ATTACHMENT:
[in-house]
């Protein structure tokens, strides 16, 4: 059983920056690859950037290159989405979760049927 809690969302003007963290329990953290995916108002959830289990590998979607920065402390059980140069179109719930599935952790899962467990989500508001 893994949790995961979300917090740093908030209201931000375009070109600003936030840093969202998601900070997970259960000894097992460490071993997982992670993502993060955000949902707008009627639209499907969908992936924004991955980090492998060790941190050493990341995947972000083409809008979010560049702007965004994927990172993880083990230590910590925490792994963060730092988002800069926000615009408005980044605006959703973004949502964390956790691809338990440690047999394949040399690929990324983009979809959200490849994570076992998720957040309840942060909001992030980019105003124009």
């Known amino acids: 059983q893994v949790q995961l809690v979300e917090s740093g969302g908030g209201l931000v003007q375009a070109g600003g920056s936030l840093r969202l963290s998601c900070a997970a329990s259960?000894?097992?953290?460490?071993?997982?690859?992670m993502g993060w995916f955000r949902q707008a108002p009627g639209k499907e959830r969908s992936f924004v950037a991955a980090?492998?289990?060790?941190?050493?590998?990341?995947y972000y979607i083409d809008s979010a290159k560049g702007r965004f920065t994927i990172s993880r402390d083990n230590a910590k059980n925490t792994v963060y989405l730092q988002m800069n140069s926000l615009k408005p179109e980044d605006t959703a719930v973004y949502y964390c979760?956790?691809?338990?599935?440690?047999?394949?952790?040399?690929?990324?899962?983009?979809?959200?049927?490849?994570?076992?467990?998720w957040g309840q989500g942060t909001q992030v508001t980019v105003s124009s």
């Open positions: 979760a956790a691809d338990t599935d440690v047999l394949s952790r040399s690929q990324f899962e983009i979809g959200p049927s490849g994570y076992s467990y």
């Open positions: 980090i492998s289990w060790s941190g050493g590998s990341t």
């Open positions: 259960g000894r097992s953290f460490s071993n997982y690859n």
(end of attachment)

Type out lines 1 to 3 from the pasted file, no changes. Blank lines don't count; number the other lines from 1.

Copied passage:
[in-house]
């Protein structure tokens, strides 16, 4: 059983920056690859950037290159989405979760049927 809690969302003007963290329990953290995916108002959830289990590998979607920065402390059980140069179109719930599935952790899962467990989500508001 893994949790995961979300917090740093908030209201931000375009070109600003936030840093969202998601900070997970259960000894097992460490071993997982992670993502993060955000949902707008009627639209499907969908992936924004991955980090492998060790941190050493990341995947972000083409809008979010560049702007965004994927990172993880083990230590910590925490792994963060730092988002800069926000615009408005980044605006959703973004949502964390956790691809338990440690047999394949040399690929990324983009979809959200490849994570076992998720957040309840942060909001992030980019105003124009």
């Known amino acids: 059983q893994v949790q995961l809690v979300e917090s740093g969302g908030g209201l931000v003007q375009a070109g600003g920056s936030l840093r969202l963290s998601c900070a997970a329990s259960?000894?097992?953290?460490?071993?997982?690859?992670m993502g993060w995916f955000r949902q707008a108002p009627g639209k499907e959830r969908s992936f924004v950037a991955a980090?492998?289990?060790?941190?050493?590998?990341?995947y972000y979607i083409d809008s979010a290159k560049g702007r965004f920065t994927i990172s993880r402390d083990n230590a910590k059980n925490t792994v963060y989405l730092q988002m800069n140069s926000l615009k408005p179109e980044d605006t959703a719930v973004y949502y964390c979760?956790?691809?338990?599935?440690?047999?394949?952790?040399?690929?990324?899962?983009?979809?959200?049927?490849?994570?076992?467990?998720w957040g309840q989500g942060t909001q992030v508001t980019v105003s124009s």